• Pretzel Rolls
  • Pepperoncini rings
  • Cheeses (I use a jalapeno jack and a medium cheddar)
  • Other toppings (My favorites are Sweet Baby Rays and Beaver Brand)

Step one: Open a beer.

Step one: complete.

Step one: complete.

To make the topping, slice the mushrooms and the onions. Preheat the olive oil in a medium frying pan over medium-high heat. Add the onions, and saute them, stirring frequently, until they’re lightly toasted, about 2-3 minutes. Add the sliced onions, season with salt and pepper, and toss to combine. Cook, stirring frequently, until the onions are just translucent, about another 2-3 minutes.

Puree the chipotle pepper (use more than one for a spicier topping) into the tomato paste and beef broth, and then add the resulting mixture to the pan. Stir to combine, allow to simmer, and then reduce the heat to low. Allow the mixture to continue cooking (stirring occasionally) as you cook the burgers.

To make the burgers, mix the listed ingredients in a bowl, and form ½-inch thick patties. I usually make 1/3 pound patties to serve my gluttonous desires (and because my wife won’t let me make half-pounders) but I would encourage four ¼ pound burgers of normal size.

I usually mix my own adobo seasoning (I really like this simple recipe), but a store-bought mix will do just fine!

Preheat the grill over medium-high heat, and either coat the grates with grill spray or brush them with oil.

Cook the burgers on the pre-heated grill for no more than three minutes on each side (for a total of six minutes). If you’re going to add cheese, do it just after the first flip, close the lid, and allow the cheese to melt.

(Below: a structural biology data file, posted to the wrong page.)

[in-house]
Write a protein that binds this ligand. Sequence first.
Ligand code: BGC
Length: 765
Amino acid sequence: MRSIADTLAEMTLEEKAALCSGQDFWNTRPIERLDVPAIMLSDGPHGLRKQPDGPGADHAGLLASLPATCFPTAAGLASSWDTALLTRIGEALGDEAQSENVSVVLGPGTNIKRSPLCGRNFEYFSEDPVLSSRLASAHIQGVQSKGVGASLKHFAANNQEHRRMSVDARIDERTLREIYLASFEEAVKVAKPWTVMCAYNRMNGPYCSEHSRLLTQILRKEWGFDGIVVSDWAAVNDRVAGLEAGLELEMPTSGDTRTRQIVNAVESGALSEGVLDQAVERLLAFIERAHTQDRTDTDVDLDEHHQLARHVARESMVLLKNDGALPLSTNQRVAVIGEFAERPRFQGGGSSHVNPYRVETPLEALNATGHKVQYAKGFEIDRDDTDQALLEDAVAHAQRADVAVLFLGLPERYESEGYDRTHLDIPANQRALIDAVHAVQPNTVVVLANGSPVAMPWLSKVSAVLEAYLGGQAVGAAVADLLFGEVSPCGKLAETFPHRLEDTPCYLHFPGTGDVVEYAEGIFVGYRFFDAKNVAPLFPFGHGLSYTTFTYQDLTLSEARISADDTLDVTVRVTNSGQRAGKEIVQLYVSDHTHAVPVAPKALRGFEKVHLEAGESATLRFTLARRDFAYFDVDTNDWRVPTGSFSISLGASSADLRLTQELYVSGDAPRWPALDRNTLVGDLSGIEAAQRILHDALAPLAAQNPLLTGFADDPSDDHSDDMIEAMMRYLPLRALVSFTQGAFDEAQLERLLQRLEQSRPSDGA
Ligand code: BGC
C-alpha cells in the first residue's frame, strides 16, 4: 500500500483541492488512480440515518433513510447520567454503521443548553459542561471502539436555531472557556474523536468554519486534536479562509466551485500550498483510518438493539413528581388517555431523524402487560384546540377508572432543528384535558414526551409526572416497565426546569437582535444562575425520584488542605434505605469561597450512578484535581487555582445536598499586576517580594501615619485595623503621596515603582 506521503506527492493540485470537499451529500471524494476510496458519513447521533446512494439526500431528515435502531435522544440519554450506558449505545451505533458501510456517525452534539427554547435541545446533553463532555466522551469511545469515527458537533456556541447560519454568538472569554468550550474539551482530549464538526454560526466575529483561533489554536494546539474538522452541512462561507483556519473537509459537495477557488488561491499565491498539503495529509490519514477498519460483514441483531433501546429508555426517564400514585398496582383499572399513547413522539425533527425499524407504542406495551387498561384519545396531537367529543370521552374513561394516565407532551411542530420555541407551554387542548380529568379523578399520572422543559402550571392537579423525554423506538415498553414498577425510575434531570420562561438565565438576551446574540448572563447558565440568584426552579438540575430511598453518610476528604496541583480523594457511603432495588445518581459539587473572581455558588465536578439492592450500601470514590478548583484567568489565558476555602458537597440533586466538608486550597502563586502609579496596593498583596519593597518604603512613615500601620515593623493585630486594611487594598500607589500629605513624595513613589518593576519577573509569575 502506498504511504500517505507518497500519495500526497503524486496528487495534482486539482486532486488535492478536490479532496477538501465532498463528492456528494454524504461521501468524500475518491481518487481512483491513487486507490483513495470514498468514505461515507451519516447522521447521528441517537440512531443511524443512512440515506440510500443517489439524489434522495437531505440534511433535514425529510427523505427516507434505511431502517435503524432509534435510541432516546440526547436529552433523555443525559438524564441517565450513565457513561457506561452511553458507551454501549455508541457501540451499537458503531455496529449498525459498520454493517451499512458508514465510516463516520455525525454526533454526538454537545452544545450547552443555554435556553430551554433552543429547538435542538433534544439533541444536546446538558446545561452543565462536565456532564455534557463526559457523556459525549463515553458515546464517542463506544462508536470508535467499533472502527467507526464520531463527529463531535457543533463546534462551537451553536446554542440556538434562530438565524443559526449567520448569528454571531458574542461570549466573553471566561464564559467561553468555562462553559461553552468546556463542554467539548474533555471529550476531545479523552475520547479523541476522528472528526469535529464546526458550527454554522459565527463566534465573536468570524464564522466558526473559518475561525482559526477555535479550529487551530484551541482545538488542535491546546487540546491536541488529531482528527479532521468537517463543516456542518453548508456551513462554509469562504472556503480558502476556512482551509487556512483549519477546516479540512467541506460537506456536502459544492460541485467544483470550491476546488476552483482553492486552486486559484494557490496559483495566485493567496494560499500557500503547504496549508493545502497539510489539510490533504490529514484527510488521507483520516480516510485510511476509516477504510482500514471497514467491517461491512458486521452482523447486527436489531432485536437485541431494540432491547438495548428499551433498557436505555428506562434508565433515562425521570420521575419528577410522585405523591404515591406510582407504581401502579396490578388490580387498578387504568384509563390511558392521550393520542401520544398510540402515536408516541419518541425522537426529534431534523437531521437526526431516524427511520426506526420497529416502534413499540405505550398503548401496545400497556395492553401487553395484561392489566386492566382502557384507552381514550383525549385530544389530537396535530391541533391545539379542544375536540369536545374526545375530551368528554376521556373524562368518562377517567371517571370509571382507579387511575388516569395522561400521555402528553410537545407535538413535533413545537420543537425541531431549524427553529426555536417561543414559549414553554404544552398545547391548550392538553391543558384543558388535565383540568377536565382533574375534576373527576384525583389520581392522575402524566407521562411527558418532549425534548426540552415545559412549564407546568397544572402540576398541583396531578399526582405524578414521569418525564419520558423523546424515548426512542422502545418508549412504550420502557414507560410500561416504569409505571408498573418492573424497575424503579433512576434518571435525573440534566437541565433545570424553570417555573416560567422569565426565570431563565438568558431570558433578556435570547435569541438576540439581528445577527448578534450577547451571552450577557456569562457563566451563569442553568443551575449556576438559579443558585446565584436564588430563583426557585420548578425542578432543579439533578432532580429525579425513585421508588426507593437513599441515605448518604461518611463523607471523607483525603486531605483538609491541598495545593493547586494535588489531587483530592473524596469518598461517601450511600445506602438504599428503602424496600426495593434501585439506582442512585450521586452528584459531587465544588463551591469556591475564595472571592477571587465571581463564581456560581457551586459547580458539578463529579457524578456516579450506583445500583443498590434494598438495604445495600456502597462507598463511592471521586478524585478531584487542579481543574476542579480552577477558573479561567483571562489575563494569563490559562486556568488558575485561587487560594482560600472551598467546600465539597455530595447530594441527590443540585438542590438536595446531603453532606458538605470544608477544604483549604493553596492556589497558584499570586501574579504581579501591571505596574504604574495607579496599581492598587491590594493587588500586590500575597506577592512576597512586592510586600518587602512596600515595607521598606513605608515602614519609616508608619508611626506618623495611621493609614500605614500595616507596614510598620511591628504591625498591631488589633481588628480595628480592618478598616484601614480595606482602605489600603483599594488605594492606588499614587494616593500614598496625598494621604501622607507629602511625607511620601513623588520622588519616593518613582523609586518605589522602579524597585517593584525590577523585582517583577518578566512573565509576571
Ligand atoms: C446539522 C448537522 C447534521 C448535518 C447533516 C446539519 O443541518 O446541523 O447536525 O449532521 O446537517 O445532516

Remove the burgers from the grill, and – much like a steak – allow them to rest so that those delicious juices have a moment to diffuse back into the meat. You don’t need to give them the 5-10 minutes needed for a steak, but maybe 2-3 minutes, which is (coincidentally) just enough time to slice and toast your buns.

Load the bun up with the topping, the burger, and whatever else you’d like, crack a new beer, and enjoy!

I will leave you with the immortal words of the burger-purist, Ron Swanson:

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Make Your Cookout Stand Out: 5 Tips for Hosting a Better Barbecue

Well folks, Memorial day is right around the corner, and what better way to spend the first long weekend of summer than in the back yard or on the beach, cookin’ up some memories (and some great food) with your friends and family?

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…like this paella for instance!

 

The team over at Man Crates recently reached out to me to see what kinds of things I would suggest that people make sure to have to create the perfect grilling experience. These guys specialize in gifts for dudes which come in wooden crates that need to be pried open with a crowbar. With that in mind, I’d like to share with you my five tips to make your cookout stand head and shoulders above the rest:

Tip #1: Grill Up Some Options

People want choices. It’s that simple. It doesn’t matter if you spend hours marinating and smoking the perfect ribs, and then a few minutes grilling up some store-marinated chicken; people want to have the options and they remember if you provide it to them. Hey, even in the barbecuing stone-age they had hot dogs AND hamburgers.